From the blog CS@Worcester – technology blog by jeffersonbourguignoncoutinho and used with permission of the author. All other rights reserved by the author.

Sprint #2 Retrospective

Issues Evidence

Issue:: backend: look at all lose files in backend/ and determine what is needed and keep them if so.

This issue was worked out in different layers. I wanted to be careful to maintain integrity while modifying the code.

Issue:: backend: in source/data create .js files for methods to be used.

In this issue we have decided after reviewing the code from last semester’s software architecture class that we would reuse it because it served the purpose of the project. Much of the code had to be changed and reformatted to meet our needs.

Issue:: backend: source/ figure out index.js

This file initialized the objects that are important for the operations across the various actions the backend is responsible for. My idea was to explore and find out more about the JavaScript syntax and methods and modules handling as well as behaviors.

Issue:: all: setup semantic release.

This was commission by Dr. Wurst, my colleague Robin and I had already worked through the process of factoring the steps needed to set up the continuous integration GitLab environment. Even though the steps were clear, I took longer than expected some failures along the way actually helped me look deeper into the settings of the continuous integration environment and experiment on them to find out the innerworkings of GitLab’s continuous integration tool and its security.

  •   Reflection on what worked well

In this sprint we tried to work out the issues we had on the first. The idea was to not repeat the mistakes already made and if mistakes were made, we would want them to at least be new ones. In that sense our sprint was successful we were able to identify and adjust expectations. One of the important things that we worked on was to be more specific on the issues and to delineate a better definition of done. In this sprint we were able to connect our different projects and also able to identify points where modifications need to be made in order to work properly.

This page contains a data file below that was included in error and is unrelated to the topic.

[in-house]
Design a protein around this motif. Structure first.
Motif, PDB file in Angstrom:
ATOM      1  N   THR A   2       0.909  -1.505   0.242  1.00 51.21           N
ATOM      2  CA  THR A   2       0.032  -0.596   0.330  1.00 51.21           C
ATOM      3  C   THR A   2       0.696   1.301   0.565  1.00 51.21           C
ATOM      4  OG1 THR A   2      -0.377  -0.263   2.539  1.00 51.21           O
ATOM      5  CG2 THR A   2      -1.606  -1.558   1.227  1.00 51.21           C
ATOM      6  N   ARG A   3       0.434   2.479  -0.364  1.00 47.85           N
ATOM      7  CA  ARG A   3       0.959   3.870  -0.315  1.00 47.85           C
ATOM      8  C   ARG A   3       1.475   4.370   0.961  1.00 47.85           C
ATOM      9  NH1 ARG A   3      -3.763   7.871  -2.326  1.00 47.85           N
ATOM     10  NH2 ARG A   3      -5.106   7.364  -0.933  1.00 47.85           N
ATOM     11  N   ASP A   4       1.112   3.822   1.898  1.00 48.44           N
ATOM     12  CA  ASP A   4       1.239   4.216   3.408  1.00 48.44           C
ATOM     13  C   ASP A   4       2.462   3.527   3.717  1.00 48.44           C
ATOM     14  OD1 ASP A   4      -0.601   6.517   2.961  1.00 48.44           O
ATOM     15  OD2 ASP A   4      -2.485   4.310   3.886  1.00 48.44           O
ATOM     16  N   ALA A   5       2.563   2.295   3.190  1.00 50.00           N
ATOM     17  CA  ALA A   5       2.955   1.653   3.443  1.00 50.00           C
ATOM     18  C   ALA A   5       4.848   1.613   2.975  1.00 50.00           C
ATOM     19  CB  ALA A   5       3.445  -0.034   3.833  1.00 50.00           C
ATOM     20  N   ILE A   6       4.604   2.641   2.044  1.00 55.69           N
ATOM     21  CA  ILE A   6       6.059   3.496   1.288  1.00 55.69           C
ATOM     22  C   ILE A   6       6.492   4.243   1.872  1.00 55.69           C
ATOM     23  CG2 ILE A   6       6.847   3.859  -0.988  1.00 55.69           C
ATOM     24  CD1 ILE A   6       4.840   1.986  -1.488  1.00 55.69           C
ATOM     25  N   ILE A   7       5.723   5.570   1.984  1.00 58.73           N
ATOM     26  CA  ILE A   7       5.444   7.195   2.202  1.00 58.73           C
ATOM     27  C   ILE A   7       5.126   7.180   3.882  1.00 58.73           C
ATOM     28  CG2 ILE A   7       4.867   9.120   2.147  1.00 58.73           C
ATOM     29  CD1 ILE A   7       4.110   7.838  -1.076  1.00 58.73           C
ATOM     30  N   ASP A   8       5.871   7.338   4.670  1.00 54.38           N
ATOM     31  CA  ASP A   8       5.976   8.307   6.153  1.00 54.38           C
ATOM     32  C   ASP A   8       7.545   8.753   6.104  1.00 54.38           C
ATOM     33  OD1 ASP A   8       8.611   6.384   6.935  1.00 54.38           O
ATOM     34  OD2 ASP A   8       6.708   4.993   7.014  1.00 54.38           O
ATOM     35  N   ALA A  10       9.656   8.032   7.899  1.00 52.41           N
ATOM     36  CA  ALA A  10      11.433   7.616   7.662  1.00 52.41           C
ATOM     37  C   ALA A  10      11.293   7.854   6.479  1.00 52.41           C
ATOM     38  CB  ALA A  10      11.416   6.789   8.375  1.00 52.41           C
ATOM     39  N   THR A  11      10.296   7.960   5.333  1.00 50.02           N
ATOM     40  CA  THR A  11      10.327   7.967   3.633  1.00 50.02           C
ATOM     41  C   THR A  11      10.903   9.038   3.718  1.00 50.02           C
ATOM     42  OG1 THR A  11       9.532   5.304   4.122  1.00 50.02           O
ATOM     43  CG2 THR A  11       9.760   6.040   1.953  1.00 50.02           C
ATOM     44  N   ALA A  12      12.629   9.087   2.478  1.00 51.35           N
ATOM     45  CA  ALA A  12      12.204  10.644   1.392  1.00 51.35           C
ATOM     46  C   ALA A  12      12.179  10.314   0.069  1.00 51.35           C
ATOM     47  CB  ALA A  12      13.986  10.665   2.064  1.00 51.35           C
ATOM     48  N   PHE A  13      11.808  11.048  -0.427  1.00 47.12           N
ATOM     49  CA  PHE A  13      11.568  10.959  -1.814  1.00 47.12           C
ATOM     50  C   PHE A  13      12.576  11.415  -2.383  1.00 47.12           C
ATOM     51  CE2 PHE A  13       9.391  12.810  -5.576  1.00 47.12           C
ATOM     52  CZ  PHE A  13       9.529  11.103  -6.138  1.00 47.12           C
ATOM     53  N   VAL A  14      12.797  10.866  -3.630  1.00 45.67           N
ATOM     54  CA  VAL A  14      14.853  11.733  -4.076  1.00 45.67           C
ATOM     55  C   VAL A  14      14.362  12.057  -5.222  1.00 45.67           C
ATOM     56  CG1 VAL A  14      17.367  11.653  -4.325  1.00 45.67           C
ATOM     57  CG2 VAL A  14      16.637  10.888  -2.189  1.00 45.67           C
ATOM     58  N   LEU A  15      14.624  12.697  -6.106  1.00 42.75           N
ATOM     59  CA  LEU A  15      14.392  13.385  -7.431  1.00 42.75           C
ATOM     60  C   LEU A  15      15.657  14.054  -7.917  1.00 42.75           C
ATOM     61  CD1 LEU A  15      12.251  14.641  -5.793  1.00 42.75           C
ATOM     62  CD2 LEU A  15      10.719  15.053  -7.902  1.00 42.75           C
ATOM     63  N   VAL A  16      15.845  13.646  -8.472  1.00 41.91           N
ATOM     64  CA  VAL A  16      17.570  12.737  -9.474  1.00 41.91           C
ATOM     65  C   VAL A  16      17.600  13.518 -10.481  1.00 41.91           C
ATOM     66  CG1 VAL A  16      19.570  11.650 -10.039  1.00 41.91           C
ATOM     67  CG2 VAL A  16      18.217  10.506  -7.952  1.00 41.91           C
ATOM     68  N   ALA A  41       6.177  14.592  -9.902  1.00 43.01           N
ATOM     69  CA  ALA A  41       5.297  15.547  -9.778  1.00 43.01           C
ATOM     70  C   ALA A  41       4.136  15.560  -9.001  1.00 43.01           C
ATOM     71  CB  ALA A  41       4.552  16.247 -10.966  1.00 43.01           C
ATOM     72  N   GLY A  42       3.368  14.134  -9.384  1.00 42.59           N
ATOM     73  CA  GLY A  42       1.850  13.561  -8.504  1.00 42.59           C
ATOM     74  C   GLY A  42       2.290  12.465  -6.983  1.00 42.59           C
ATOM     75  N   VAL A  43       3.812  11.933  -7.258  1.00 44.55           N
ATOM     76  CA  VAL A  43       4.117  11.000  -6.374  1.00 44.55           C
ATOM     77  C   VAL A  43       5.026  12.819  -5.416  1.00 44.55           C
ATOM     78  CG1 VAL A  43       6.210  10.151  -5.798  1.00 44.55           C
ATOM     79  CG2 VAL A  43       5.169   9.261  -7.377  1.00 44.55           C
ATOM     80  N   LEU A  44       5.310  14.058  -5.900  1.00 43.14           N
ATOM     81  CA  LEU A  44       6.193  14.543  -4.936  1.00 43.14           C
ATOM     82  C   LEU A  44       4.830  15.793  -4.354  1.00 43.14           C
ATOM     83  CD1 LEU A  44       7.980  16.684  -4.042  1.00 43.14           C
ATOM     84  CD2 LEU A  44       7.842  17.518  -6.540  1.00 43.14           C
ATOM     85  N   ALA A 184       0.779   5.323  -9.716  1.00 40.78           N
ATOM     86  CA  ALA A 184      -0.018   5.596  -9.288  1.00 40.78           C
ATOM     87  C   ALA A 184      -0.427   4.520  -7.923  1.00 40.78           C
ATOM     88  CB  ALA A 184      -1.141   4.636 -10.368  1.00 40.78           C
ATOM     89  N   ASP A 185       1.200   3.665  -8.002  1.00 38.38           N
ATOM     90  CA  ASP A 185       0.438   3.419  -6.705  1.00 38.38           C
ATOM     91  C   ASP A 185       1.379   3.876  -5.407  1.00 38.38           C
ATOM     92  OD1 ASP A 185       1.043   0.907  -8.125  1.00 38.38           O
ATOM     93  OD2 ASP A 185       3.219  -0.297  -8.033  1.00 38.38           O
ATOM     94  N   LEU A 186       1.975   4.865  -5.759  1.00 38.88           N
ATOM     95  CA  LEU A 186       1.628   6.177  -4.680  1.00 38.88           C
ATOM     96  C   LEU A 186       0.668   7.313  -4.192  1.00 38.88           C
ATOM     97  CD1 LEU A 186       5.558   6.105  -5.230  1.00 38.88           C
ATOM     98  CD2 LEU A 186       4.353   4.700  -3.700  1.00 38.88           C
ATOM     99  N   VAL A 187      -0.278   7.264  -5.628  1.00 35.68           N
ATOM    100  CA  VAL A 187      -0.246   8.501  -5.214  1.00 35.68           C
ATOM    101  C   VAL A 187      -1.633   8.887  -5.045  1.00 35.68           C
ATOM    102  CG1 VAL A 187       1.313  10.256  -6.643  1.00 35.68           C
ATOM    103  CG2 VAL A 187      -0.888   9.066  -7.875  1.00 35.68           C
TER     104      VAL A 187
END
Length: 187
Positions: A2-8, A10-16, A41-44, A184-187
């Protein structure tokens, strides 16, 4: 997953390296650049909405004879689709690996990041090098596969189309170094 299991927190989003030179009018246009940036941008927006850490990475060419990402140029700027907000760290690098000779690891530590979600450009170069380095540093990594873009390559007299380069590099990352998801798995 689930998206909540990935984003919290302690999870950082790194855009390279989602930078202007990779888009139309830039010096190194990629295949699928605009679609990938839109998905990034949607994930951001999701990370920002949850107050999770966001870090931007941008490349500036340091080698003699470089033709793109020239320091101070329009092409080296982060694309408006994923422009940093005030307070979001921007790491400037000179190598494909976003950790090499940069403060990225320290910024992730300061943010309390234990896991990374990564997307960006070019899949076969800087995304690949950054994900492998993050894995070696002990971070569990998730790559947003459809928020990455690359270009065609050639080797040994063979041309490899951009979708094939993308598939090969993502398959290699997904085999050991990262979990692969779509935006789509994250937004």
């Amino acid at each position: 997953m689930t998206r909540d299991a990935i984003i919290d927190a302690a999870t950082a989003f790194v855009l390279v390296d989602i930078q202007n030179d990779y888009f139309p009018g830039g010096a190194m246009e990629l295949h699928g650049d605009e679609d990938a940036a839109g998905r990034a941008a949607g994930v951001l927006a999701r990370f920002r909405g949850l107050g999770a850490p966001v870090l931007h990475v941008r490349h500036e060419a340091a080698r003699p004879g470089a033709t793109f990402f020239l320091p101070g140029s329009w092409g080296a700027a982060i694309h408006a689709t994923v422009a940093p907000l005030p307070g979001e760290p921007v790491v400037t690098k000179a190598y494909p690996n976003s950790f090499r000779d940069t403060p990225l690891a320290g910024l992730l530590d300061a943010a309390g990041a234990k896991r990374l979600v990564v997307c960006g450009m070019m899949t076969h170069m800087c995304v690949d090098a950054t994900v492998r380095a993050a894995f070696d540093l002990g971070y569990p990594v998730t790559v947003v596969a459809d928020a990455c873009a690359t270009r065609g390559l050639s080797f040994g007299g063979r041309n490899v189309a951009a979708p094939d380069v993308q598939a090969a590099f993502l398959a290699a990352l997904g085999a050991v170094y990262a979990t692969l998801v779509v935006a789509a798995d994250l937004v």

•   Reflection on what didn’t work well

Our team suffered from the short absence of some members due to personal unforeseen reasons. The team adapted and the absentee members put back in their missing share and we were able to still have our goals completed. We communicated well as a team but sometimes we would put in too much work leaving little to share. Thankfully the work done individually was hardly final and the trouble shooting, and integration made sure everyone had a part to play. We also had trouble with issue artifacts from the last spring. The names didn’t help us make much sense of what we needed then and moving them around got us a bit lost on planning for the last sprint.

  • Reflection on what changes could be made to improve as a team

To improve as a team, I think communication is definitely key. We should have more meetings outside class and maybe work on issues within these meetings. I see that sometimes we do work during class, but I think these one-on-one meetings would be better utilized for higher level organization, like adjusting tasks, trouble shooting, cleaning up the repo and other tasks. Reaching out is also a good idea if anyone is stuck. It not only helps the person trying to solve the problem but also whoever is there to help. It reinforces what they know and build confidence at the team level.

  •   Reflection on what changes could be made to improve as an individual